6. A review of The New Jim Crow: Mass Incarceration in the Age of Colorblindness, by Michelle Alexander. One of the most important books in English published so far in the 21st Century. Lays bare the ugly reality of the “War on Drugs” and the mass incarceration it brought about, exploring both how they came about and how deeply they wound communities of color in the United States.

7. A review of The Self-Made Myth, and the Truth About How Government Helps Individuals and Businesses Succeed, by Brian Miller and Mike Lapham. A timely and brilliant contribution to the public debate about politics and the economy. Dissects the mythology that lies at the heart of Right-Wing economic ideology in America today, making it unmistakably clear that the so-called “job creators” lionized by Republicans achieved their success not through rugged individualism but within a society in which government lent them support in dozens of crucial ways.

8. A review of Agent 6, by Tom Rob Smith. A superb suspense novel set in the USSR, the U.S., and Afghanistan. The compelling conclusion of a trilogy that tells the story of Leo Demidov, a member of Stalin’s secret police as a young man. Involves a central character who closely resembles the legendary African-American Communist singer and activist Paul Robeson.

9. A review of Creative Community Organizing: A Guide for Rabble-Rousers, Activists, & Quiet Lovers of Justice, by Si Kahn. In this delightful and illuminating memoir, the celebrated singer-organizer provides the reader with a front-row seat on history from the vantage-point of SNCC (the Student Nonviolent Coordinating Committee, one of the most militant elements in the civil rights struggle) to the UMWA (the Mineworkers Union) to the recent nationwide campaign to end immigrant family detention.

10. A review of Believing the Lie, by Elizabeth George. The latest installment in the running saga of hereditary earl and Scotland Yard Inspector Thomas Lynley, picking up the tale after a long hiatus following the murder of his wife.

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John Grisham’s “The Racketeer” — a walk on the dark side, for a change

A review of The Racketeer, by John Grisham

@@@@ (4 out of 5)

When you’re reading somebody’s 25th novel — the 31st of all the books he’s written — you’d be right to expect that he’d gotten the hang of writing. Especially if the guy had already sold more than a quarter of a billion copies of his work. And so it is with John Grisham’s fiendishly clever new novel, The Racketeer. It’s another winner from a man who’s been turning them out for more than two decades.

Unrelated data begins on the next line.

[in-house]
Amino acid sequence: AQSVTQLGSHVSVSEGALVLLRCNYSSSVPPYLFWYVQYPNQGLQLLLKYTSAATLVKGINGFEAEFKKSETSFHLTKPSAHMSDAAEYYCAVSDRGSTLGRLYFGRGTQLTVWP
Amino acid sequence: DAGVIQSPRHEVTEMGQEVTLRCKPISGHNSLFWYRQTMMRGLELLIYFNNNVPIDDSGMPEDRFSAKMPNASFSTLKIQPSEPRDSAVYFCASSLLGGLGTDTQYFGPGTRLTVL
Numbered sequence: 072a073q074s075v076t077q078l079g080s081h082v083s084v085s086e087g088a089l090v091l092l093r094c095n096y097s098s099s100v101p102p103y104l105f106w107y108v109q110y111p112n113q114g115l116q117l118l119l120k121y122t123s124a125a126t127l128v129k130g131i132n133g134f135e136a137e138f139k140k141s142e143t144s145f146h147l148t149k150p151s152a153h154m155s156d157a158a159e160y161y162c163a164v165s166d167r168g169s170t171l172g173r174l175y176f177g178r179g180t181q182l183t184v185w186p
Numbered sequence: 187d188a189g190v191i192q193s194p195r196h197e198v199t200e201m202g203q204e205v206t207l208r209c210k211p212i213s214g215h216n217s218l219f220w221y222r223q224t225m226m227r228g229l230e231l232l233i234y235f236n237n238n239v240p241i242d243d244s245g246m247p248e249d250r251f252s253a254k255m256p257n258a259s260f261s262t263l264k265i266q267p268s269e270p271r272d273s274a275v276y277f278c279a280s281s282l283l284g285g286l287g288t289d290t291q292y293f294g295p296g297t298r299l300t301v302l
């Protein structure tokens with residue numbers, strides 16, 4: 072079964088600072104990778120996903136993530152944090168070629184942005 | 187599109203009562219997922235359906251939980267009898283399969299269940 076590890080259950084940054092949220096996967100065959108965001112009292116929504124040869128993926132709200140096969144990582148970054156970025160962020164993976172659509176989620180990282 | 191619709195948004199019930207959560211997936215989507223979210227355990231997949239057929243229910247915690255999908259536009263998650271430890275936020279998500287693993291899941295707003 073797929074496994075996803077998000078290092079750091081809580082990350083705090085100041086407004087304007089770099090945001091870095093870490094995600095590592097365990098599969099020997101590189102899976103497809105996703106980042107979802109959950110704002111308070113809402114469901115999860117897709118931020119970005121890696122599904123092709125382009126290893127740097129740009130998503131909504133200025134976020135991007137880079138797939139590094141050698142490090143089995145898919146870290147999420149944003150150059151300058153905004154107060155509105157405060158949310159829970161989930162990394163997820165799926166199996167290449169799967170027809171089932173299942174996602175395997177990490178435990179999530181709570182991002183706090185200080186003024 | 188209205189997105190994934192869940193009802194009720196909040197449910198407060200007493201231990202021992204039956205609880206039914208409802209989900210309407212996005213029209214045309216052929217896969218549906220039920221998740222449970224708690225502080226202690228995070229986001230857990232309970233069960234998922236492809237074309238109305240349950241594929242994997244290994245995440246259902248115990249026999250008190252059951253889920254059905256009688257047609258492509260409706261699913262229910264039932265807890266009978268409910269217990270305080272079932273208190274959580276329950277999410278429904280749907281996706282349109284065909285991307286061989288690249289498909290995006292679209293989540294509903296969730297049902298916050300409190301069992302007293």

One aspect of Grisham’s fiendishness is his capacity to surprise, not just with twists and turns of plot — he’s great at that — but also by switching gears emotionally. For example, his most recent crime story before The Racketeer was The Litigators. That was a very funny book. The Racketeer isn’t (unless you have a tendency to cackle whenever a crook outsmarts the FBI). Grisham’s spare, no-nonsense style varies little, but he has a rare gift to make the most improbable characters both credible and likable. But no matter how sly and underhanded, his   leading characters are almost always guys (or gals) in white hats.

Malcolm Bannister is Grisham’s protagonist here. Bannister is a hapless small-town attorney in Virginia who seems to have lost his white hat. He’s about halfway through an unjustified ten-year sentence in the Federal pen for violating the RICO act — yet another brilliant example of the FBI’s manipulation of that misbegotten law. He is 43, a former Marine, African-American, and wicked smart. Oh, and has he got a yen to get even with the FBI!

Suffice it to say that, at the outset, this book’s title is ironic. By the end it’s anything but ironic. And all the fun lies in how Bannister gets there. If you can guess how he does it before the plot fully unfolds, you’re a better person than me.

By the way, another of Grisham’s tendencies is to show off his liberal, reformist side, and The Racketeer is no different in that respect. Here, he takes on the Federal Bureau of Prisons. Prepare to be horrified.

I’ve previously reviewed The Litigators and The Confession


Filed under Crime Novels, Mysteries & Thrillers

Get this: John Grisham’s latest novel is funny

A review of The Litigators, by John Grisham

@@@@ (4 out of 5)

If you’re a John Griisham fan, as I am, you’ll probably be surprised at how many chuckles and guffaws his latest novel forces out of you. The Litigators, on one level a legal procedural like so many other Grisham works, is also a comedy. Even the title is a joke, as you’ll learn once you’ve made your way into the meat of this book.